Rachel Fieldhouse


Daunted by therapy? Virtual reality could be the answer

Daunted by therapy? Virtual reality could be the answer

 If opening up to a therapist seems like a near-impossible task, new research shows that you’re not the only one - and proposes a new option that could soon be available.

A study from Edith Cowan University, published in Frontiers in Virtual Reality, found that 30 percent of people surveyed would rather talk about negative experiences with a virtual reality (VR) avatar than a real-life person.

Researchers created a ‘realistic motion avatar’ that appeared similar to its real-life counterpart, then compared the social interactions between people talking to the avatar versus a real person.

Participants then rated their experience on factors such as enjoyment, comfort, awkwardness, perceived understanding, and how much they think they disclosed about themselves.

Dr Shane Rogers, a psychology and communication researcher involved in the study, said participants found VR and face-to-face interactions to be quite similar in all but one way.

“Overall, people rated VR social interaction as similar to face-to-face interaction, with the exception of closeness, where people tended to feel a little closer with each other when face-to-face,” Dr Rogers said.

“This technology has the potential for broad application across a number of areas such as casual conversation, business, tourism, education and therapy,” he said.

“The study found that 30 percent of people preferred disclosing negative experiences via VR. This means that therapy might be opened up to new people who don’t feel comfortable with traditional face-to-face interactions.”

Virtual reality has been used in video games for several years now, but new research shows it can also be used in mental health settings. Image: Getty Images

Though VR has been around for several years, the new research is among several new studies and initiatives applying the technology to treat mental health conditions.

In the United States, veterans with Post-Traumatic Stress Disorder (PTSD) are being treated with the assistance of VR, which can transport them back to traumatic experiences - even if they struggle to remember the event or other details.

The tech has also been used in “empathy training”, where clinicians wear VR headsets to better understand what patients in their care are experiencing, particularly for veterans with dementia or older LGBTQ veterans.

“Now what you hear and what you see in front of your eyes is the same thing as a patient who’s experiencing dementia or an LGBTQ vertan who’s ageing,” Anne Lord Bailey, a pharmacist and director of clinical tech innovation involved in the scheme, told FedTech.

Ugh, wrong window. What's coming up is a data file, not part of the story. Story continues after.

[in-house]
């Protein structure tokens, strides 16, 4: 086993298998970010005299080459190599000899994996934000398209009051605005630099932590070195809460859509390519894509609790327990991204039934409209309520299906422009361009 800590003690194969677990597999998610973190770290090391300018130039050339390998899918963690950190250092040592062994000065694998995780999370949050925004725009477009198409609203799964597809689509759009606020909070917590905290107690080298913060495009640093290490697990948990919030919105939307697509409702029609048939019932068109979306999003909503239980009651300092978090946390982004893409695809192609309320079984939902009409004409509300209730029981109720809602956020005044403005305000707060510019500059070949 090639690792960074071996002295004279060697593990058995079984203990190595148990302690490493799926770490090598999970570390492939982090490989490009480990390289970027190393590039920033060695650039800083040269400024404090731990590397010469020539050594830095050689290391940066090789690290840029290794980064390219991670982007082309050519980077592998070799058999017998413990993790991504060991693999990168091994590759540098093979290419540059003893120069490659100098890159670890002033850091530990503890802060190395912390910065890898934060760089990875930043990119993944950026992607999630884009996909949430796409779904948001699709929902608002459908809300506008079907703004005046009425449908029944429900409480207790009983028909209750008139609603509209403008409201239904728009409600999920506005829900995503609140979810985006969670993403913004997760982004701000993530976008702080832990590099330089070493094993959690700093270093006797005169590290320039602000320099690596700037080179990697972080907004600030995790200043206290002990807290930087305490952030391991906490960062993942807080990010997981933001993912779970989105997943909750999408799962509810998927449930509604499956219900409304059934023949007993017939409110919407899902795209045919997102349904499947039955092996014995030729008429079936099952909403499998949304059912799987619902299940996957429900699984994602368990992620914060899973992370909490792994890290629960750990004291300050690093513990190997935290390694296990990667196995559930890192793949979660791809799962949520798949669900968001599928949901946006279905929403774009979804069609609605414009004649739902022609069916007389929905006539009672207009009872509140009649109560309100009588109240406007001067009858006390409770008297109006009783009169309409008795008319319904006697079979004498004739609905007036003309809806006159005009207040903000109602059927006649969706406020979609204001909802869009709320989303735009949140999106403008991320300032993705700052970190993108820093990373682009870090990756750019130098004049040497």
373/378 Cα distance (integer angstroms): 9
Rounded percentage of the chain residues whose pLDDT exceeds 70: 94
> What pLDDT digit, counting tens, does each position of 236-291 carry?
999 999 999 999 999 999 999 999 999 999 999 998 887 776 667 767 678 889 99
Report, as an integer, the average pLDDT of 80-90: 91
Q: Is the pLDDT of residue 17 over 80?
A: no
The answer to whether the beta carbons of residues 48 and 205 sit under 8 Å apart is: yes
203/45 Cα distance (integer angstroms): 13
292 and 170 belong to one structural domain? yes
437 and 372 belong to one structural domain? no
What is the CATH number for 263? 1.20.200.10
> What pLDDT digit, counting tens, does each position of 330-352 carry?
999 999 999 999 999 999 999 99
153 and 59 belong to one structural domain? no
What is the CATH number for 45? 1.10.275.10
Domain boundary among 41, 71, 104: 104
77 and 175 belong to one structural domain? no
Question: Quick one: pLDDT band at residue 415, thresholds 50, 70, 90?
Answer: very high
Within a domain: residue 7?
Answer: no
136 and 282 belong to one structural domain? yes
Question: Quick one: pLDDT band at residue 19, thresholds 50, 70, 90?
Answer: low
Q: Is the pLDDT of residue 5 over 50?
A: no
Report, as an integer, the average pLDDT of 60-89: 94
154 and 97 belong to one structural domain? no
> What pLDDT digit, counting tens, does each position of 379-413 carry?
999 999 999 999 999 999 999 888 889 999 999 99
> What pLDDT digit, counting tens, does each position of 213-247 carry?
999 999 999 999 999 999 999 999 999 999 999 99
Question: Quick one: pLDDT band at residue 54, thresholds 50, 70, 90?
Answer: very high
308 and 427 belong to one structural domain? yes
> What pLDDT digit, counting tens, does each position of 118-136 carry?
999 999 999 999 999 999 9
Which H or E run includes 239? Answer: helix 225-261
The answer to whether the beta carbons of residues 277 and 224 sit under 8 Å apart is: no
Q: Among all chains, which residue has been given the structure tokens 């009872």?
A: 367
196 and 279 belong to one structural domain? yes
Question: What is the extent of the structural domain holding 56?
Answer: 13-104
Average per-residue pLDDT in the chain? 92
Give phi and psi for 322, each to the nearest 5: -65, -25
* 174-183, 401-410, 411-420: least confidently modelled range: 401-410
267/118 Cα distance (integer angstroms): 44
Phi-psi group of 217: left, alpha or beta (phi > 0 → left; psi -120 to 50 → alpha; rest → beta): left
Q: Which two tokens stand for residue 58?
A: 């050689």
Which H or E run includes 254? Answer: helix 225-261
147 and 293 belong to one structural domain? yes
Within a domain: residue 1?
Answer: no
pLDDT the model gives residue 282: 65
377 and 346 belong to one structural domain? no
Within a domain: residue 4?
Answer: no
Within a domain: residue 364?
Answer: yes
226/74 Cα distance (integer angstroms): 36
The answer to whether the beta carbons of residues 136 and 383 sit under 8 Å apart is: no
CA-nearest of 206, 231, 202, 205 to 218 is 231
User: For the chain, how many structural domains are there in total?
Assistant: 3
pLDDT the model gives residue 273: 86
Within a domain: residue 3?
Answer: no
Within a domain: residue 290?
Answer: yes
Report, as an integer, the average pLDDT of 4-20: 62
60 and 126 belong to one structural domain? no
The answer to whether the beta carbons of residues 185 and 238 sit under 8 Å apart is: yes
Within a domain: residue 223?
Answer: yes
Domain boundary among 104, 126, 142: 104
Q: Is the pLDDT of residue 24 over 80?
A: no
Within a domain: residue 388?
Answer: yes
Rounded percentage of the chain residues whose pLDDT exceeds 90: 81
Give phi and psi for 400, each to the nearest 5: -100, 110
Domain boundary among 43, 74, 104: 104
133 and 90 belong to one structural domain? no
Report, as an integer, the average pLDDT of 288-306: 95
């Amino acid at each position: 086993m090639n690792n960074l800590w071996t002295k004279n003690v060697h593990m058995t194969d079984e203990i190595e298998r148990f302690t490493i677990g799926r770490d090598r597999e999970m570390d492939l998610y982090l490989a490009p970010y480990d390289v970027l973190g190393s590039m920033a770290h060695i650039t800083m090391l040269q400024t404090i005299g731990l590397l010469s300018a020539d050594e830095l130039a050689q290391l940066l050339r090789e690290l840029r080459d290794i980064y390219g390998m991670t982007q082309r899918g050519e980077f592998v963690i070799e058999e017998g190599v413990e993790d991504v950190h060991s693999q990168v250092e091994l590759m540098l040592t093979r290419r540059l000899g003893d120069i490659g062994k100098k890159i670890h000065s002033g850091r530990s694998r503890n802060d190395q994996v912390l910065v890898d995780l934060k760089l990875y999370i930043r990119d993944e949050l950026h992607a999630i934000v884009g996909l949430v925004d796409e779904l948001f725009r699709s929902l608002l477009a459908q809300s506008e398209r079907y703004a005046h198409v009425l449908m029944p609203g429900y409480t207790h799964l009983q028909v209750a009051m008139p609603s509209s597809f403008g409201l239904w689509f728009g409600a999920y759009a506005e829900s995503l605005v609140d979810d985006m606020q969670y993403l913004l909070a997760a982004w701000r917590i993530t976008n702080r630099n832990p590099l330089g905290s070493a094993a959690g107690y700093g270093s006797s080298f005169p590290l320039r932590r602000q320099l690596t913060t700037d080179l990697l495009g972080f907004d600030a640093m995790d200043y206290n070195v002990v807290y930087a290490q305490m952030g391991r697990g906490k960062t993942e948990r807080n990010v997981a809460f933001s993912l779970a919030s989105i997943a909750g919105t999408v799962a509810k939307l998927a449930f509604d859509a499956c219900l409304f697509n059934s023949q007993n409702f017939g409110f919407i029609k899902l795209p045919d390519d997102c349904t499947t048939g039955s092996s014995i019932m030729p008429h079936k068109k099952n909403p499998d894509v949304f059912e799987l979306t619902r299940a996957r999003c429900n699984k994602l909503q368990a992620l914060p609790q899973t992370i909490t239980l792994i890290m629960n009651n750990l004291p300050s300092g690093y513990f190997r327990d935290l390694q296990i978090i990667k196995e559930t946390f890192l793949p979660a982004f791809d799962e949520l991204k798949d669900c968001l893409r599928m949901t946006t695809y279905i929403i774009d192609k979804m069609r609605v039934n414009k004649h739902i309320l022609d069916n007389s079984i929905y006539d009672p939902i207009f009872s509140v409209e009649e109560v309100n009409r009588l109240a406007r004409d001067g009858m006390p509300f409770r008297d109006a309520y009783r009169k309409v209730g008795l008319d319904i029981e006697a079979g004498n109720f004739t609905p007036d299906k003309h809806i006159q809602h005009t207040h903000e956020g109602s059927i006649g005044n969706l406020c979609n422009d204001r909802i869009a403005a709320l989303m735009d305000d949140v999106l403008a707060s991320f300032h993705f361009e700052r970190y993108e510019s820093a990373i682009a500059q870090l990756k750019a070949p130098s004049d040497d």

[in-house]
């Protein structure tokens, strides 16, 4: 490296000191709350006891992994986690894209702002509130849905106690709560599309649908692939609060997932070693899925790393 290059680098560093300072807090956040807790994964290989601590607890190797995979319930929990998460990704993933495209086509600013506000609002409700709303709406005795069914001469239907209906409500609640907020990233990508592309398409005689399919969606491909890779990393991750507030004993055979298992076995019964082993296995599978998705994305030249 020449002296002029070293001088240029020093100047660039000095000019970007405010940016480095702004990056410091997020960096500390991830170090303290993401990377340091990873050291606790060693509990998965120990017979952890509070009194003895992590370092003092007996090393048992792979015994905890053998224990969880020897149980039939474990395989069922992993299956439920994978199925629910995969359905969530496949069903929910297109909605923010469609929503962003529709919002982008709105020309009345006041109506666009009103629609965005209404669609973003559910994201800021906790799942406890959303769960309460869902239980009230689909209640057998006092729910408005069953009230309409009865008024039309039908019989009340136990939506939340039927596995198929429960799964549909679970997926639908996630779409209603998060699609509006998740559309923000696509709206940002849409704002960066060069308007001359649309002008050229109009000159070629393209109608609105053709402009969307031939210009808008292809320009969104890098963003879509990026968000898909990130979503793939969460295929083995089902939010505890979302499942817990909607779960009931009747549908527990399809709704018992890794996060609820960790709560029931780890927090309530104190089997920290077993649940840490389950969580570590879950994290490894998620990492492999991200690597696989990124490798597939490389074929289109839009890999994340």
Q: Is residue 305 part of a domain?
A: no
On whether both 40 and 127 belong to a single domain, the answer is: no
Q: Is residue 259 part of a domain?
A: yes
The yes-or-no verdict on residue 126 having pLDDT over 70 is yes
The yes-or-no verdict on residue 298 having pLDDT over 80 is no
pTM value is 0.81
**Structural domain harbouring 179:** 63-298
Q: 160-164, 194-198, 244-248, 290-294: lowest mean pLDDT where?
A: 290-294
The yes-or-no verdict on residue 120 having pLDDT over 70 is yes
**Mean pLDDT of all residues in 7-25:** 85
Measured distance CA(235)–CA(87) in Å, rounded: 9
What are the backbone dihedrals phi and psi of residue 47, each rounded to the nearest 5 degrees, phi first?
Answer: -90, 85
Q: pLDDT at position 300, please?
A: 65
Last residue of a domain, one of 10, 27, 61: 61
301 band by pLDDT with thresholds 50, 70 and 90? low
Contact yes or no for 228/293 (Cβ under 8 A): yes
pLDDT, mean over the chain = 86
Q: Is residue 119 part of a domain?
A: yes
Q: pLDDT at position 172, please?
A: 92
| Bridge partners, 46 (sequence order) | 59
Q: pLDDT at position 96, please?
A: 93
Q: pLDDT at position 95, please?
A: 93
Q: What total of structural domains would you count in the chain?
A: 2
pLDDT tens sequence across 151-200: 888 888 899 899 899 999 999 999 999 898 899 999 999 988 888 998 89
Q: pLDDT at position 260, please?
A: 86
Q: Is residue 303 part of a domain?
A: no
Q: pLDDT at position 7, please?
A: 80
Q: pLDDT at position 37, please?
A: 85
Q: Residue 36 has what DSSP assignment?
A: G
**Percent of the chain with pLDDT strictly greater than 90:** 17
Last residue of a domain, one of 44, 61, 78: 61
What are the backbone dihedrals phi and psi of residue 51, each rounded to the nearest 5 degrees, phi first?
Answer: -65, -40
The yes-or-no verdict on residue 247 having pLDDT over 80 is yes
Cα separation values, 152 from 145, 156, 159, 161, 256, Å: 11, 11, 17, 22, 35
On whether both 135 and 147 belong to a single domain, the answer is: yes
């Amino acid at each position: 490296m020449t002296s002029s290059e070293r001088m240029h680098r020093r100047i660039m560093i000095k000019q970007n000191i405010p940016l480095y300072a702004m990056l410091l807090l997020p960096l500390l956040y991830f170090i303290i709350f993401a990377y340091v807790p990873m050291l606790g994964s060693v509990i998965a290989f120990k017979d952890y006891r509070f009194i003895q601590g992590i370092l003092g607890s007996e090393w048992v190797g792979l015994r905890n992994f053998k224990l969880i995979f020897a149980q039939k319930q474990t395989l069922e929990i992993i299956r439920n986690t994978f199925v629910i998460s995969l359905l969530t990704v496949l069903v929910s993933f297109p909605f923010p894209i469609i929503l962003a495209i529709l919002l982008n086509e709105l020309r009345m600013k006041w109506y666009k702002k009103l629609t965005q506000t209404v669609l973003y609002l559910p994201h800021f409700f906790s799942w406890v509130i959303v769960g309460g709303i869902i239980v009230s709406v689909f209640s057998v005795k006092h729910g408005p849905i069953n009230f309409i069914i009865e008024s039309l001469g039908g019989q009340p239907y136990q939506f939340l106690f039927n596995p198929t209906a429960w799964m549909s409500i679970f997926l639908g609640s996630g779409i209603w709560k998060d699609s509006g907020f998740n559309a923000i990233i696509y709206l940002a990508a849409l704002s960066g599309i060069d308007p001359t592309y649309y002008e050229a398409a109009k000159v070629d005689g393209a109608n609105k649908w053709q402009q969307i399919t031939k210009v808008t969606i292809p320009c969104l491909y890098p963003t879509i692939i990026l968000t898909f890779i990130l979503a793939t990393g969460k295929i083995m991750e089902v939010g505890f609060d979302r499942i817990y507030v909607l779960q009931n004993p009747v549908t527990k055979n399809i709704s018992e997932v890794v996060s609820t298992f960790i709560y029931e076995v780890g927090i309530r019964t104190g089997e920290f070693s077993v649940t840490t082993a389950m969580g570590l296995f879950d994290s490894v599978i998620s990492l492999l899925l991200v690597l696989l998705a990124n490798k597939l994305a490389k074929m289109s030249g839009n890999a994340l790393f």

“All of a sudden, people start talking to you and what you hear is muddled, or your vision doesn’t see what you should be seeing. It looks distorted, or I can’t hear things because they’re not clear, even though I can tell that people are talking to me. Or, I get disoriented: I try to turn to the right, and things are shifty or crooked.”

Meanwhile, the UK NHS launched a treatment plan last year using VR to treat patients with trypanophobia, or a phobia of needles, ahead of their Covid vaccinations. Patients are treated by being exposed to scenarios such as a medical waiting room or blood draw, to help therapists treat patients’ fears in a controlled environment.

“VR is very effective at bridging the gap between real-life exposure and what the patient feels able to do at the time they enter treatment,” Vanessa Dodds, a cognitive behavioural therapist involved in the UK program, told Medical Device Network.

Dr Rogers echoed this sentiment, adding that improvements in the technology will improve its affordability and accessibility as a treatment option - with applications beyond therapy as well.

“It might also enable therapists to conduct therapy more effectively at a distance, as a person can be in the therapist room (in virtual reality) while seated in their own home,” he said.

“More powerful computers are becoming more affordable, VR headsets are continuing to develop, and more user-friendly VR interaction software platforms are becoming more available and being updated.”

Following the work by Dr Rogers and his colleagues, future steps will involve more investigation of how different aspects of the avatar affect user experience, as well as how VR can be used in therapeutic settings.

Image: Getty Images